By: Talli Nauman – Native Sun News Health & Environment Editor
PIERRE – TransCanada Corp. cannot meet the socio-economic conditions necessary for building the proposed Keystone XL tar-sands crude-oil pipeline through Lakota treaty territory, representatives and expert witnesses for four tribal governments testified during hearings July 27 through Aug. 4.
The South Dakota Public Utility Commission scheduled the evidentiary hearings to air debate for its decision on the Canadian corporation’s request for renewal of a permit to build the line 314 miles through the counties of Harding, Butte, Perkins, Meade, Pennington, Haakon, Jones, Lyman and Tripp.
The permit would help the Canadian company reach its longstanding goal of connecting the Alberta oil shale fields with the refineries and export facilities on the Texas Gulf Coast. Standing Rock Sioux Tribal Councilor Phyllis Young said water quality is the main socio-economic concern. Treaty rights establish Lakota dominion over the air, land, and water that TransCanada Corp. seeks for the pipeline, but the company has not consulted with the tribe on that matter.
“I take objection with TransCanada, which does not have the authority to do that in this country. Treaties have set aside the homelands for us. Please understand, we are protecting our people,” Young said. “The ranchers, farmers, and Indians in South Dakota have not been consulted. I have a long history of relations with the people who want their homes to be protected, I speak for them also,” she said.
In testimony filed prior to the hearing, the Standing Rock Sioux Tribal Historic Preservation Office elaborated on the argument:
“The Keystone XL Pipeline (and other pipelines) will cross aboriginal and treaty territory that was exclusively set aside by the U.S. government for the Sioux Nation (Ft. Laramie Treaties of 1851and 1868).” The Sioux people were nomadic people and followed the buffalo. Our valuable cultural resources are located throughout the path of the Keystone XL Pipeline. Yet the proper procedures to make the requisite determinations have not been followed.
“The tribe said the permit renewal should be denied because “Keystone XL Pipeline is unable to continue to comply with Amended Condition number 43.” That condition of the original 2009 state permit, a document which has expired due to inaction, requires TransCanada Corp. to notify landowners if a possible protectable resource is found in the course of pipeline-related activities.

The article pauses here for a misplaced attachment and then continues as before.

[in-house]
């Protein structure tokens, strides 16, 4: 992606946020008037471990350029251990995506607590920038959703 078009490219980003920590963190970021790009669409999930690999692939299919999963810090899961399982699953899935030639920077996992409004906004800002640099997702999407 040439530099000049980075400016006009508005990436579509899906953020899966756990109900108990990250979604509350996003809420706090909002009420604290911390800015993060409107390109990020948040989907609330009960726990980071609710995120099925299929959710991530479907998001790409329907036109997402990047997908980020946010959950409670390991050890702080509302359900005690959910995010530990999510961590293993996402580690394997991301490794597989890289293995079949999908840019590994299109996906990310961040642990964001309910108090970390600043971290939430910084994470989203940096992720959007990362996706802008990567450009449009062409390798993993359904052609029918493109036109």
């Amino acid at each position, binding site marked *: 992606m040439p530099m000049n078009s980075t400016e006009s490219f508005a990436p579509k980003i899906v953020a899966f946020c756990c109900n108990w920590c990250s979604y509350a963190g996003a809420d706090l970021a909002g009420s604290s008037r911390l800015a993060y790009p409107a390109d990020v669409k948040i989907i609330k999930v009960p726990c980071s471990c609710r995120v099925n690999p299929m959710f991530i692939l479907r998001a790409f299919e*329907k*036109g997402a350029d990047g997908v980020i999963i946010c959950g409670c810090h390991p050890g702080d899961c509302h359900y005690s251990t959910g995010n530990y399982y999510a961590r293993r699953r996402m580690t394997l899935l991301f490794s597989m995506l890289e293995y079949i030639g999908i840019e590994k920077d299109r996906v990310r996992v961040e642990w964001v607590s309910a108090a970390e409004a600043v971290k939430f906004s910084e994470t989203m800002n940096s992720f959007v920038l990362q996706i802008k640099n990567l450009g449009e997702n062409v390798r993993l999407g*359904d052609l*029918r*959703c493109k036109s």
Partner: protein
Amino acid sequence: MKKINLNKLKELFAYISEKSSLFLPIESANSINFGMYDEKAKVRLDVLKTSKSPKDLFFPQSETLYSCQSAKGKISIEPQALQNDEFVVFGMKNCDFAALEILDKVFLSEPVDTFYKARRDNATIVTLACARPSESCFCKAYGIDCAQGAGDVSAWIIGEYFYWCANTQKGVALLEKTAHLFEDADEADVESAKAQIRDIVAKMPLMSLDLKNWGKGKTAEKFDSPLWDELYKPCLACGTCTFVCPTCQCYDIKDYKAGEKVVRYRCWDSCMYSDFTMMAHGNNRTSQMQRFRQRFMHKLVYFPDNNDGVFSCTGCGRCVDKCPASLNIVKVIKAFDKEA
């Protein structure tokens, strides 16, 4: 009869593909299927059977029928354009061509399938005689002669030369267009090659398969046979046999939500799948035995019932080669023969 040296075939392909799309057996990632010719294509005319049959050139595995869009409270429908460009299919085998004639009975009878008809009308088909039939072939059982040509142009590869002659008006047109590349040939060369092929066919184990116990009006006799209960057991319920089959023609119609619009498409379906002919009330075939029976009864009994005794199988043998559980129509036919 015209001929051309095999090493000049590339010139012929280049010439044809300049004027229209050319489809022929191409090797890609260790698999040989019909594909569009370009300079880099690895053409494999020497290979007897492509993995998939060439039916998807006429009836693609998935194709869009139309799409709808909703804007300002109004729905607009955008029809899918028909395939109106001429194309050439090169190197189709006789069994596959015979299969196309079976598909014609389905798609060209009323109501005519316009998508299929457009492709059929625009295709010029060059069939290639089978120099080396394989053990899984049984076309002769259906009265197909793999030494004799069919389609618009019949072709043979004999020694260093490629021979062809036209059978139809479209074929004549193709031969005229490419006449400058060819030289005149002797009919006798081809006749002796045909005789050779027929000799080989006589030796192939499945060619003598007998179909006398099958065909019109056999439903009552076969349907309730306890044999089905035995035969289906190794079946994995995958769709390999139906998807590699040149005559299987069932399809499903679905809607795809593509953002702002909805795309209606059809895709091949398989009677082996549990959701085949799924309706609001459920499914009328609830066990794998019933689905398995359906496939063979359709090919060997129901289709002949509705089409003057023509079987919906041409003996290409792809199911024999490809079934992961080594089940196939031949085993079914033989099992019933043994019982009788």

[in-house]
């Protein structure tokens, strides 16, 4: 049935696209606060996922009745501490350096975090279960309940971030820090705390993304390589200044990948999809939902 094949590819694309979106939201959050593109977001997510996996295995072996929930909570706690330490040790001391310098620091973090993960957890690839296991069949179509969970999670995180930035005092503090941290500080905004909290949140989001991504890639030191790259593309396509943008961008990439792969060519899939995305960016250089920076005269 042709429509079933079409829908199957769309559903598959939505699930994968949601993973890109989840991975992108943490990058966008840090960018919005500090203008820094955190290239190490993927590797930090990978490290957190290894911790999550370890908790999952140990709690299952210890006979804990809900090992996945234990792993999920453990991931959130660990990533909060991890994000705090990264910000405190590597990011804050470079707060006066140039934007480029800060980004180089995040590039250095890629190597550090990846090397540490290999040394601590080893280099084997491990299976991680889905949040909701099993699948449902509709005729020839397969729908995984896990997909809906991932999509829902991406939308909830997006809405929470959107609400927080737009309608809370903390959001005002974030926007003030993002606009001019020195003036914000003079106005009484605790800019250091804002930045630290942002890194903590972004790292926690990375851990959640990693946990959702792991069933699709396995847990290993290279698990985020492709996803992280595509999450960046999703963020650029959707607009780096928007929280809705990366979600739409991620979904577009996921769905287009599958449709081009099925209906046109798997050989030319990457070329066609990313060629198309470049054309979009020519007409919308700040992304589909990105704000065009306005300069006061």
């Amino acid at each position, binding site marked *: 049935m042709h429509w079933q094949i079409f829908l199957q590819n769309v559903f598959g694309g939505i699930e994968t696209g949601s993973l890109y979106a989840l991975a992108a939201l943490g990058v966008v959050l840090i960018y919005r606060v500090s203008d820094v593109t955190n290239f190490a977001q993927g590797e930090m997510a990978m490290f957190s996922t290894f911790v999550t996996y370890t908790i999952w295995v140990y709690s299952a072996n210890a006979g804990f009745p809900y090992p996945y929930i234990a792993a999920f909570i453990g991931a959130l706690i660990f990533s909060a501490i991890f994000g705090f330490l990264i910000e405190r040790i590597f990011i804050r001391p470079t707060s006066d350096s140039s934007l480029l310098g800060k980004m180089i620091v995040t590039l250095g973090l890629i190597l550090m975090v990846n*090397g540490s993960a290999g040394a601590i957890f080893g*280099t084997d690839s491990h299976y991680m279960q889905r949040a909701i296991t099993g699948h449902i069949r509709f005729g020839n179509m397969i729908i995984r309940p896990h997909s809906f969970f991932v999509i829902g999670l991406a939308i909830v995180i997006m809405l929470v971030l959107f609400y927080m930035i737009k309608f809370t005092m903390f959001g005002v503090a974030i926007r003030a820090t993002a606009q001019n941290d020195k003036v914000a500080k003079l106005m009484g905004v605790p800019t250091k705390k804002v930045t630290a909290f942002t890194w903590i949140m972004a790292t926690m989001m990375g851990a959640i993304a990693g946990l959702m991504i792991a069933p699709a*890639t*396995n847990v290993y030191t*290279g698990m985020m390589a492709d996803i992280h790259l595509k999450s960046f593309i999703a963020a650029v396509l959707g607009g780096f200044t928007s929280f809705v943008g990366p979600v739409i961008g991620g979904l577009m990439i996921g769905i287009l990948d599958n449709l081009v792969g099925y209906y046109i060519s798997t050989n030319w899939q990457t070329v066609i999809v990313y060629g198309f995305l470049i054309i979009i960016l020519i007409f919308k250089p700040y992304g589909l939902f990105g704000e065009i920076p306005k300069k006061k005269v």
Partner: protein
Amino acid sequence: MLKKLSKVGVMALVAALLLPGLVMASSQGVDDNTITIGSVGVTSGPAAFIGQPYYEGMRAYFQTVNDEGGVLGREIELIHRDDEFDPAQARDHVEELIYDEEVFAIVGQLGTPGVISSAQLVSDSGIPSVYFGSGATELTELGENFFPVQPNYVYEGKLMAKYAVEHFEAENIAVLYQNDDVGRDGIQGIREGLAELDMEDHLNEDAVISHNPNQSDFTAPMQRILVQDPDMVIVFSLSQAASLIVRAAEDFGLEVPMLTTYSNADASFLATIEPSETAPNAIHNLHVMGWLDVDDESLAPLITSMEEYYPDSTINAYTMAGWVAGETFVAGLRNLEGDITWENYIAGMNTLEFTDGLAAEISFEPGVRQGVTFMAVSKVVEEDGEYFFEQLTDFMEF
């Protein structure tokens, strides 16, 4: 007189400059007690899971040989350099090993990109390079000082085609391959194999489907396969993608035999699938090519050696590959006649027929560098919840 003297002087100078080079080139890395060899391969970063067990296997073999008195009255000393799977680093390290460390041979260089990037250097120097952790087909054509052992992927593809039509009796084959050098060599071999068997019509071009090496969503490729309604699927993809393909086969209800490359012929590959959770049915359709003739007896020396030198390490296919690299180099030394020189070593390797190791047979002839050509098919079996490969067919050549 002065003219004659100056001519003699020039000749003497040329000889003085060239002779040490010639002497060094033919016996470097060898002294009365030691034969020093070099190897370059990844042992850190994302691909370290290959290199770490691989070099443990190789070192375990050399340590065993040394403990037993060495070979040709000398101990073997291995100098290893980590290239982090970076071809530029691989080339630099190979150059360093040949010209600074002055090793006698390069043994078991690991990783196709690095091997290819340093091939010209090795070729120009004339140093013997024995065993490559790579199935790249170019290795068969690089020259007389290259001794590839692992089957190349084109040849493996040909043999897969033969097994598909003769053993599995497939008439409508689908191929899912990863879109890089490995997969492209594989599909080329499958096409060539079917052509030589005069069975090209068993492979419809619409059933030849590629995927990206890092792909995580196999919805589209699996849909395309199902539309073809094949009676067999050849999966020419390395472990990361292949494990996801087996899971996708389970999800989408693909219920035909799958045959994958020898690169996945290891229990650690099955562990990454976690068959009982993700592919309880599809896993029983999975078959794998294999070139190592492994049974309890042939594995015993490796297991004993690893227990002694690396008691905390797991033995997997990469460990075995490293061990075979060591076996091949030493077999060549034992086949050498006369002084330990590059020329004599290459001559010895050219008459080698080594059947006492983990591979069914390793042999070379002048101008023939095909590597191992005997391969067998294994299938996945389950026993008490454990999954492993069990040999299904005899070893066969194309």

In testimony filed prior to the hearings, Young stated: “TransCanada has never demonstrated any respect for the Indian nations. That is why the PUC should deny certification of the permit for the Keystone XL Pipeline Project.”
TransCanada Corp. attorney William Taylor said the company is not required to consult with tribes. “Government-to-government discussions are between the U.S. and tribes, not TransCanada and tribes,” he said. “This discussion is irrelevant.”
Commissioners granted Taylor the opportunity to file a post-hearing brief arguing the basis for his objections. He asked Young, “Are you familiar with TransCanada’s Indigenous People’s Policy.” She replied: “I’m not sure.”
The policy states: “TransCanada respects the diversity of aboriginal cultures, recognizes the importance of the land and cultivates relationships based on trust and respect; TransCanada works together with aboriginal communities to identify impacts of company activities on the community’s values and needs in order to find mutually acceptable solutions and benefits.”
Jennifer Baker, attorney for the Yankton Sioux Tribe, presented a portion of the policy statement and asked, “Do you think TransCanada complies with its own policy on aboriginal relations?”
Young answered, “No.”
Representing the Yankton Sioux Tribe was Faith Spotted Eagle, elected by the tribal General Council to the Ihanktonwan Treaty Committee, which she chairs. She said the objective of the Yankton tribe’s testimony was “to provide information to the South Dakota Public Utilities Commission that the applicant does not continue to meet all conditions upon which the permit was issued including violations of treaties, socio-cultural threats, and threats to safe drinking water, in particular reference to the potential coming of man camps which presents a safety conference of an at risk population already threatened by violence.
“It is frightening to think that no fore planning has been done to even recognize what happens when man camps are plopped into rural communities where wide gaps exist in law enforcement further impinged upon by cross-jurisdictional problems between reservation and state areas, which are long standing issues,” she said.